One of the main causes of single vehicle accidents and general car wrecks is tire blowouts. If a tire comes apart when a vehicle is traveling at high speeds, the vehicle will likely swerve and/or roll over. Defective tire accidents are extremely dangerous, because an occupant could be thrown from the vehicle, crushed by the roof, or injured by the vehicle’s interior. Tire blowouts can be caused by a number of things: excessively low tire pressure, heavily or unevenly worn tires, tire puncture, or defective tires. Certain types of vehicles – SUVs, for instance – are more likely to roll over after suffering a tire blowout, because they have a high center of gravity and are prone to flip.
In August of 2000 Firestone announced the recall of several tire models produced at an Illinois plant. Firestone ATX, ATX II, and Wilderness AT tires from the Decatur factory were recalled due to a number of tread separation and blowout incidents. There were a number of serious injuries and fatalities from the resulting accidents. Those particular tire models had been installed standard on certain Ford vehicles, most notably Explorer SUVs. Due to the high incidence of rollover crashes involving Ford Explorers, the NHTSA launched an investigation into the issue and eventually discovered that defective tires were behind many of these accidents. Ultimately, millions of tires were recalled, and a number of victims and families have sued Firestone and Ford for compensation.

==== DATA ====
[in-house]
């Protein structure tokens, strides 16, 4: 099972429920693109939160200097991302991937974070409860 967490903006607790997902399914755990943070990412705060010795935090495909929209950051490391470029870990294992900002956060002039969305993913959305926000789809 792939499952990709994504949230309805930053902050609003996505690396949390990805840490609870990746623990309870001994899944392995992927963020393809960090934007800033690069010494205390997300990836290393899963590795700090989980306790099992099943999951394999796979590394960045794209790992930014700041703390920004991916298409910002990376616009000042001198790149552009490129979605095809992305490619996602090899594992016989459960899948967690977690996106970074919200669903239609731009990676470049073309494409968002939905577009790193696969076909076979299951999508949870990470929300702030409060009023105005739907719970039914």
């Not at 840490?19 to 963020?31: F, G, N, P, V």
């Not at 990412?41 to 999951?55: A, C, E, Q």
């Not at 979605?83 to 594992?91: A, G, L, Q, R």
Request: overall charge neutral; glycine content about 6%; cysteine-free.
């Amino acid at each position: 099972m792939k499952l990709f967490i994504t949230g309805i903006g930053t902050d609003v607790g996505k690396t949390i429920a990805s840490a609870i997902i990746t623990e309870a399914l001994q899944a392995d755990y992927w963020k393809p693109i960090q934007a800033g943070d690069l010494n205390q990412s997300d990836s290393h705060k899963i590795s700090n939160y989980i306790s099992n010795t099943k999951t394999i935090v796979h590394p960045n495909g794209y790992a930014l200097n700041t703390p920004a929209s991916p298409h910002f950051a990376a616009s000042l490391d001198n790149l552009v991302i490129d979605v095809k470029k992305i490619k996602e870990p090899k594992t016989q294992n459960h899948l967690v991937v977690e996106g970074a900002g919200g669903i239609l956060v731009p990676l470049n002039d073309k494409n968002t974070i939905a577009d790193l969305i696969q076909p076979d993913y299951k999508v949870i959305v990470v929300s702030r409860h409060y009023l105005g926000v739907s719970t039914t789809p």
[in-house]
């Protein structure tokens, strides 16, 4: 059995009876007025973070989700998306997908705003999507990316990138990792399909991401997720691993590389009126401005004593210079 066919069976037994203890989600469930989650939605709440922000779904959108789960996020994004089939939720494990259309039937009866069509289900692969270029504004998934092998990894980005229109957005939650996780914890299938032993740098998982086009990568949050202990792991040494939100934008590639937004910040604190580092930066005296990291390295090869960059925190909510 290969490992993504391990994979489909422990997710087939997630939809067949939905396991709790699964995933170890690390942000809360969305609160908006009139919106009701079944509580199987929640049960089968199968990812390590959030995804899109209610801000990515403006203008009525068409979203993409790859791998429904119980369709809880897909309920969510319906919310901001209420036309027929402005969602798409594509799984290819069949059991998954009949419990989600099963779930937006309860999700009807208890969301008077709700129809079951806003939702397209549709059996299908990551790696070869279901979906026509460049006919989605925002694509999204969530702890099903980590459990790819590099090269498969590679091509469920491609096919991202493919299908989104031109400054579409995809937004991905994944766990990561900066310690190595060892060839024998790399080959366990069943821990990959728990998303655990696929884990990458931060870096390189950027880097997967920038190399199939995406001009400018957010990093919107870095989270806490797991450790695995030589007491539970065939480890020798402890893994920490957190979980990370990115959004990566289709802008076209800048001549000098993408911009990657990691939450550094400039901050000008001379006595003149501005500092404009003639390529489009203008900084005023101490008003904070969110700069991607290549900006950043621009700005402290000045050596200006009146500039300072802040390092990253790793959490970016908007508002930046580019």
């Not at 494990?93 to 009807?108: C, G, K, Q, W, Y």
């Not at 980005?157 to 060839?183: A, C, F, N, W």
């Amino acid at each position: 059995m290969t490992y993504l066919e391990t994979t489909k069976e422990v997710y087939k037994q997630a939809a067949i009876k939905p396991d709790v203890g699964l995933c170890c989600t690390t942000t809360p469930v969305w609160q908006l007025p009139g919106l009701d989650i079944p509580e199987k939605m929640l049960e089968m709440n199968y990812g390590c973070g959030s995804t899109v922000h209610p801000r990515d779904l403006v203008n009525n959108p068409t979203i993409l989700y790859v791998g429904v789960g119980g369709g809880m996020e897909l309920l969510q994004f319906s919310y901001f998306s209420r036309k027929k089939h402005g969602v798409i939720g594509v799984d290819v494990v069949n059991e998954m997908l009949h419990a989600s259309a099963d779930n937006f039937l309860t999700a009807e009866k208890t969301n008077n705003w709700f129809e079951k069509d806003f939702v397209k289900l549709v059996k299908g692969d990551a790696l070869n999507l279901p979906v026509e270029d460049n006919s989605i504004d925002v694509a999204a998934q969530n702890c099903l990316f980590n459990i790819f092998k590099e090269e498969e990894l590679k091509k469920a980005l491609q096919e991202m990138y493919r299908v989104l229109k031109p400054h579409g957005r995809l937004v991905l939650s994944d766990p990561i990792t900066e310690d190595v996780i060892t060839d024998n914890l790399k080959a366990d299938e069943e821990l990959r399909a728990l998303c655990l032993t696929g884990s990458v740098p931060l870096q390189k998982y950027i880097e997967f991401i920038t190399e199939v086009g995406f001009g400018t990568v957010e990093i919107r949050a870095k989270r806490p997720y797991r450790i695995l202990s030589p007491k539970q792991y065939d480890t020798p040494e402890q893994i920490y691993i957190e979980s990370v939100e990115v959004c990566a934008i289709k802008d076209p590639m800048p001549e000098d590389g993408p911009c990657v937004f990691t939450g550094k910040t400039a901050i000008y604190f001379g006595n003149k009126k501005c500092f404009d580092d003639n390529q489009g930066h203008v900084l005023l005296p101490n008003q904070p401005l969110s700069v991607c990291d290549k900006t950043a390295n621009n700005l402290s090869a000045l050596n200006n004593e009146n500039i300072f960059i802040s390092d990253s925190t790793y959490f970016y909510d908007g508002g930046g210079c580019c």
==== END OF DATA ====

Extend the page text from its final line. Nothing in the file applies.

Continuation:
Crashworthiness is the ability of a vehicle to prevent injuries to the occupants in the event of a collision. Crashworthiness deals primarily with the ‘second collision’ in which the driver and passengers collide against the interior of the vehicle. The cause of the accident is usually considered irrelevant in crashworthiness cases.
It is also important to remember that crashworthiness is not the same as vehicle safety. Vehicle safety is determined by both crashworthiness and accident avoidance features such as anti-lock brakes and wider tires. Crashworthiness features include roll bars, airbags, seat belts, headrests, side impact protection, and crumple zones. Crashworthiness features are designed to minimize occupant injuries, prevent ejection from the vehicle, and reduce the risk of fire.
Crashworthiness cases typically involve injuries that are sustained as a result of a defect in a vehicle. There are three types of product defects that can lead to injury: